The reversal of consciousness, the reorienting of the focus inward and upward, is part of the traditional path of knowledge; this path, however, traditionally involves giving up action, or at least as much of it as can be given up while we remain anchored in the human body, and focusing all the attention on this inward spiritual reality, through meditation, concentration and achievement of a state of spiritual trance.
At the same time, Sri Krishna is urging Arjuna to not give up works, but in fact, to carry out an extreme example of action–being the protagonist in an enormous battle in a civil war that involves is family, friends, teachers and respected elders, and in so doing, be the leading actor in carrying out the deaths of many of those people.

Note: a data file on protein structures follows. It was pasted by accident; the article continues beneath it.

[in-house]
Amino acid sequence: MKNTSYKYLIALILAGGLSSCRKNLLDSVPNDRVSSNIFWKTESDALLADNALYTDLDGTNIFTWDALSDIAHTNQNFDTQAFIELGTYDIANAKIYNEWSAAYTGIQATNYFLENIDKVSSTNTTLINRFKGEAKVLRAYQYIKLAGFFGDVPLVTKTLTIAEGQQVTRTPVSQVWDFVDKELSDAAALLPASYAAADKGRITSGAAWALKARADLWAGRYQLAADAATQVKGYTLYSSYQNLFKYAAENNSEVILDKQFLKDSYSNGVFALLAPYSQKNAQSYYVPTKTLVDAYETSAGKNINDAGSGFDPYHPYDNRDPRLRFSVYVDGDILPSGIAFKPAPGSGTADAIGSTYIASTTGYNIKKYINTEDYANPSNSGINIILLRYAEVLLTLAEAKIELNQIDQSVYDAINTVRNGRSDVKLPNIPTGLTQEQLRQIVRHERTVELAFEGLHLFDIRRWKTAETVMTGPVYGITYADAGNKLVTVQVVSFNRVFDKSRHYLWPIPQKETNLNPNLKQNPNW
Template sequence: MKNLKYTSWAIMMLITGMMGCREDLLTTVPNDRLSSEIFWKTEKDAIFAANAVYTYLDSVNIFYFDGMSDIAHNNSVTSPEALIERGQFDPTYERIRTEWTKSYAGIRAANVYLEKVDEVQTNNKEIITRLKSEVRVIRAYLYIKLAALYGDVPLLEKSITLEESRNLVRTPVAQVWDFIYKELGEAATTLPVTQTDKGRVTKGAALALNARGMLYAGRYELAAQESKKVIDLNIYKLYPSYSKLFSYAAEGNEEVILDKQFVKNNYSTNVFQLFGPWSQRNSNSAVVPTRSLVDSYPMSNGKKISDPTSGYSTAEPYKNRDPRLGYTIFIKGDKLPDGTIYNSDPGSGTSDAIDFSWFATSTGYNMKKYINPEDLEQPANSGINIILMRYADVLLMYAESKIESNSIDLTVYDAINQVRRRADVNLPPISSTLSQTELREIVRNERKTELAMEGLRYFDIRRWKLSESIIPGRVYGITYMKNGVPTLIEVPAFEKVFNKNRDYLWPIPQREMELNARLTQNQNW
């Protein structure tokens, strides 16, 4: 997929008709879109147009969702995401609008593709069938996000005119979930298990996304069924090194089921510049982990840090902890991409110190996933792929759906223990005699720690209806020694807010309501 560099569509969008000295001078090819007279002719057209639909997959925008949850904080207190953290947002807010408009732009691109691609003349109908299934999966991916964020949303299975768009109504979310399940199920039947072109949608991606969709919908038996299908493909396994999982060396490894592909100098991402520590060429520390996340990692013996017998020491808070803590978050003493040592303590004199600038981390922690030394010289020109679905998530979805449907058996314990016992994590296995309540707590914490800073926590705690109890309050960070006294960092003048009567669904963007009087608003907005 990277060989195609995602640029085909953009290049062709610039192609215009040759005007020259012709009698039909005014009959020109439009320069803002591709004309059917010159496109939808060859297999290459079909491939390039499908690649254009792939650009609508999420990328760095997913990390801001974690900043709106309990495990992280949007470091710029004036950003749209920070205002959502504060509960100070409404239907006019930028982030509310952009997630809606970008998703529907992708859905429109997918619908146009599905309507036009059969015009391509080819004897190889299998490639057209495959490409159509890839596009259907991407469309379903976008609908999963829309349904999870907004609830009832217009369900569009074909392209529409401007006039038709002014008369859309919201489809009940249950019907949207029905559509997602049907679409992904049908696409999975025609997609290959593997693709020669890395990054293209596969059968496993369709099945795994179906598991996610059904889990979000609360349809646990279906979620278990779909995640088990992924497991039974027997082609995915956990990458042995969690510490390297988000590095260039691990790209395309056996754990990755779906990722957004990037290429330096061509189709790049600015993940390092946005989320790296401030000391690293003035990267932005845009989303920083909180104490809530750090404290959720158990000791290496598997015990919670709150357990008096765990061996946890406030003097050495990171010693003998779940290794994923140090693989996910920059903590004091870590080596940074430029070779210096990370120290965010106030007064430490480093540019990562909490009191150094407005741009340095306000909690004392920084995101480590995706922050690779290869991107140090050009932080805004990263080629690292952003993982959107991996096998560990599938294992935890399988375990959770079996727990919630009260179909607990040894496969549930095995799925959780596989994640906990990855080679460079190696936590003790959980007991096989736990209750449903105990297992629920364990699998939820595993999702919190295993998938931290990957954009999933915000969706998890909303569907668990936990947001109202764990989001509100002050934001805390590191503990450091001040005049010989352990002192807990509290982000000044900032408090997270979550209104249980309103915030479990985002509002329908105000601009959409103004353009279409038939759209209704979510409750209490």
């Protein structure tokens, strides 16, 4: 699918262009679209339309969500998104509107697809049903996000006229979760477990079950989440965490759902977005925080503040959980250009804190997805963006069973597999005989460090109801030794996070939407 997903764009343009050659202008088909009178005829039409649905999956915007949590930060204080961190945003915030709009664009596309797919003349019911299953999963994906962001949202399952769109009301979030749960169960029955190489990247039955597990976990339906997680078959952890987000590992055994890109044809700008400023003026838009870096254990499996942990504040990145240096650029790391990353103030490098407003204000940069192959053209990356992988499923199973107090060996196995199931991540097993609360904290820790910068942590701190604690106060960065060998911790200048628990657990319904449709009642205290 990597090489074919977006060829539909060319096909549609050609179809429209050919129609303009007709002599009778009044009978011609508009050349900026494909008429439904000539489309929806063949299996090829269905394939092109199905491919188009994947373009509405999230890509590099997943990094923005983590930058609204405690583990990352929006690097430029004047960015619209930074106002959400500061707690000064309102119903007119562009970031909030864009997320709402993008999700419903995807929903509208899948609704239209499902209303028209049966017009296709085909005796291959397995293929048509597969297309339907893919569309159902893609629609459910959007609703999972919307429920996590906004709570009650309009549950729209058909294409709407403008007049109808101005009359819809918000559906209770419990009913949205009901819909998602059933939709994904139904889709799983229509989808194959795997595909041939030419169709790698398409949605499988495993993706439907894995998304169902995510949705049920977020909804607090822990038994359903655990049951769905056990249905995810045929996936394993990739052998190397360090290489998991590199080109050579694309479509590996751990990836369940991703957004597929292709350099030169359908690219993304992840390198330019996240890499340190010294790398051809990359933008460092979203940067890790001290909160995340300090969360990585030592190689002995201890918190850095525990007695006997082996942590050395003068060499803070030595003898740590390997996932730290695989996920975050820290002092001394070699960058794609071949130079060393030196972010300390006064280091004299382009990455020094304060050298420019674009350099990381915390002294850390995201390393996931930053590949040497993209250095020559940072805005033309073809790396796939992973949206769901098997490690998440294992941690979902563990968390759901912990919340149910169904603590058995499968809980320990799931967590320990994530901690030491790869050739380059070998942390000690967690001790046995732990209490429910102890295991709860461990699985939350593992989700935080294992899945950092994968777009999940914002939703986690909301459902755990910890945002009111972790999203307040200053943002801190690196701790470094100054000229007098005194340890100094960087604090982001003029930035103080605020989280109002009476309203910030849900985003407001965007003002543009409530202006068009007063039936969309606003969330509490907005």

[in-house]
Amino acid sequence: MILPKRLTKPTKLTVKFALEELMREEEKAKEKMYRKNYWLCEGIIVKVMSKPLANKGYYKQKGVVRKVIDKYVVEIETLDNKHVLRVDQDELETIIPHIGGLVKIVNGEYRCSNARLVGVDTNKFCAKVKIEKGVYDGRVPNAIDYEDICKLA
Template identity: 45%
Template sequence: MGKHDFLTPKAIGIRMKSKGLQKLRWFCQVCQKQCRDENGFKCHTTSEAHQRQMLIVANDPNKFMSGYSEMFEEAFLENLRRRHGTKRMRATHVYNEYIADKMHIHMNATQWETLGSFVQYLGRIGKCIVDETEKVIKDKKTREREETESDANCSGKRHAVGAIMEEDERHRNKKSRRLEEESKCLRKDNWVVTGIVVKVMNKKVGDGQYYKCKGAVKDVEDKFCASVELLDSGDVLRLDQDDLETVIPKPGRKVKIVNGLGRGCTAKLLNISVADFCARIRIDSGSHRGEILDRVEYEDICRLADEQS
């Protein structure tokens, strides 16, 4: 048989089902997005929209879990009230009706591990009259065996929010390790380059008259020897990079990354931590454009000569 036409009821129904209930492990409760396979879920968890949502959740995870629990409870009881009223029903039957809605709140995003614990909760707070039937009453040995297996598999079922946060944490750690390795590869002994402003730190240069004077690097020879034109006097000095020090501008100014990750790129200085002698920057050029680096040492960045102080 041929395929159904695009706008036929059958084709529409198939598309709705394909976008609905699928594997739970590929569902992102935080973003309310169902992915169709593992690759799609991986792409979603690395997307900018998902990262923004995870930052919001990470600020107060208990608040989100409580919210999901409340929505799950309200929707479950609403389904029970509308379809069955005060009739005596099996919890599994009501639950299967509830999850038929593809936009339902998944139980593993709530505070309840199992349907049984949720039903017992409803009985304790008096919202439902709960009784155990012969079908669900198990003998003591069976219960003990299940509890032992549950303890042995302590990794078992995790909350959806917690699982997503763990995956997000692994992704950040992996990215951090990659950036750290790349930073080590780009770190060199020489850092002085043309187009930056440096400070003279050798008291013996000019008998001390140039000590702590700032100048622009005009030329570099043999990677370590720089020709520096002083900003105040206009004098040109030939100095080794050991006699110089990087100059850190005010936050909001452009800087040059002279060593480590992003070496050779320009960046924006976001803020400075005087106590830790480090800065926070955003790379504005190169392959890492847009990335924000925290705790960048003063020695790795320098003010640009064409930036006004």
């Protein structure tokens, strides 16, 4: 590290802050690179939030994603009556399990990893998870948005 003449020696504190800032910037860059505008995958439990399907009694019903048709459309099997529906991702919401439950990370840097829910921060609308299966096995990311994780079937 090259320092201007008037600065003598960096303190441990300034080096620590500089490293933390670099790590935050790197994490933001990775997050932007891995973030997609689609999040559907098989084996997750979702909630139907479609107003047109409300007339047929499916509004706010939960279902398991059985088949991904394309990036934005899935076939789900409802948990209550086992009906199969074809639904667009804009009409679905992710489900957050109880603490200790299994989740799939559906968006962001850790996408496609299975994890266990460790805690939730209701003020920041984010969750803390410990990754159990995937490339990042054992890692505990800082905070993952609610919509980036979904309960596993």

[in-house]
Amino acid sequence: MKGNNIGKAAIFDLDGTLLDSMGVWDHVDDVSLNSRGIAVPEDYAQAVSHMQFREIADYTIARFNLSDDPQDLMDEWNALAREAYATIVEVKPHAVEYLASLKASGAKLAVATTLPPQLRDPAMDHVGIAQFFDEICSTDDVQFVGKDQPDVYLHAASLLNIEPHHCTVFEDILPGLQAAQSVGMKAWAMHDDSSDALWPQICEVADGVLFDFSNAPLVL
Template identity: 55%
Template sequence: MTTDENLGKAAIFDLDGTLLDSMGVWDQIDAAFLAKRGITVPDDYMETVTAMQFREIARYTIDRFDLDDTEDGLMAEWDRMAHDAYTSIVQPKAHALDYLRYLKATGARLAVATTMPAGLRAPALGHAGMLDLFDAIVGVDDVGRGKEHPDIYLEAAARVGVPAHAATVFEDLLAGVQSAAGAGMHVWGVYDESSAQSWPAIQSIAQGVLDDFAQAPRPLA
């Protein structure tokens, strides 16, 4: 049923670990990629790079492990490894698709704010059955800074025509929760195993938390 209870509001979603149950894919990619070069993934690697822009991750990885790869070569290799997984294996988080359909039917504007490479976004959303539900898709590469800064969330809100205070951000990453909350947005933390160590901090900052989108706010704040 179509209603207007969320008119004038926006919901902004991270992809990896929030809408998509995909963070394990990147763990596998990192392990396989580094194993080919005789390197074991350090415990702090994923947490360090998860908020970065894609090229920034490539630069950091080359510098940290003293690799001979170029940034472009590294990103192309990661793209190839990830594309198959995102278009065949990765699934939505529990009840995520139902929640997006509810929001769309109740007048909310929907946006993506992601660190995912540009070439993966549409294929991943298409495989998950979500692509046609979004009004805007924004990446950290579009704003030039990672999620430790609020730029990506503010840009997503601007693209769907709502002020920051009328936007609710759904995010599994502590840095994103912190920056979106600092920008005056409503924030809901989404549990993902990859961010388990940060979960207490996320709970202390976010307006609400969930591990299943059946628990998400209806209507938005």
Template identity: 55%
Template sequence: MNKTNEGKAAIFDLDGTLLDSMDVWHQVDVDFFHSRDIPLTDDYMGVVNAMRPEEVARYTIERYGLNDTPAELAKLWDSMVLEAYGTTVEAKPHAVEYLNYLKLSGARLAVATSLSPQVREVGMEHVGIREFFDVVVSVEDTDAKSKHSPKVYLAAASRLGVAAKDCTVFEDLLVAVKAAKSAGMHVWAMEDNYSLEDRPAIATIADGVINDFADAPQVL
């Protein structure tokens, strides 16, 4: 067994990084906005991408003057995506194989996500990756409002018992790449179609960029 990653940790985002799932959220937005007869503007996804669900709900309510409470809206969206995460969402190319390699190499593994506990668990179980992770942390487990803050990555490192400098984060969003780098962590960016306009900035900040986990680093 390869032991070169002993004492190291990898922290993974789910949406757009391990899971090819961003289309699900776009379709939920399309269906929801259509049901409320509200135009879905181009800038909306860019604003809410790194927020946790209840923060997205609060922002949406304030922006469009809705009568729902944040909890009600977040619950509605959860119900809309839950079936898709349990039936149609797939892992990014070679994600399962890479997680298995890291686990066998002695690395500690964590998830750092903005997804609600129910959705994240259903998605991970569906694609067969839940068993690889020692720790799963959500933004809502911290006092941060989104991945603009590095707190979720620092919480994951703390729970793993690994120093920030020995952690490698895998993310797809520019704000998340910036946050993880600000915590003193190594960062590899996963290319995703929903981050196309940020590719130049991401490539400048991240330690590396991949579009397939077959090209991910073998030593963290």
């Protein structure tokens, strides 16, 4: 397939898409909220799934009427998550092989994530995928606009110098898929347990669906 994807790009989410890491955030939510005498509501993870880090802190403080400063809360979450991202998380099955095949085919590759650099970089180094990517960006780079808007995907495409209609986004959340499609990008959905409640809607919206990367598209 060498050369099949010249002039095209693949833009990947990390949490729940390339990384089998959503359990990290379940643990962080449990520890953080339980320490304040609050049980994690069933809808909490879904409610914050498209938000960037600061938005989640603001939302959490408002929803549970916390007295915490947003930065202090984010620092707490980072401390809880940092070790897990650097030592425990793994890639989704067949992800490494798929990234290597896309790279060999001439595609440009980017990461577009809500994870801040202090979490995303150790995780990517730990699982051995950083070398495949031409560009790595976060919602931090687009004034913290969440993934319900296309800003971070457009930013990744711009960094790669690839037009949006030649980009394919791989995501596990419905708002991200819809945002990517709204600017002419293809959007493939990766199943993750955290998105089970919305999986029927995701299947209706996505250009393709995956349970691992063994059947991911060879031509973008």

This does not appear to fit the traditional model of the path of knowledge as Arjuna has come to understand it, and he is noticeably perplexed and confused by what appears to him to be a major contradiction in the teaching.
Sri Aurobindo describes Arjuna’s feelings: “Arjuna complains that he has been given a contradictory and confusing doctrine, not the clear, strenuously single road by which the human intelligence can move straight and trenchantly to the supreme good.”
It is the object of the Gita to face this contradiction squarely and it devotes substantial effort in the following chapters to work out Arjuna’s concerns.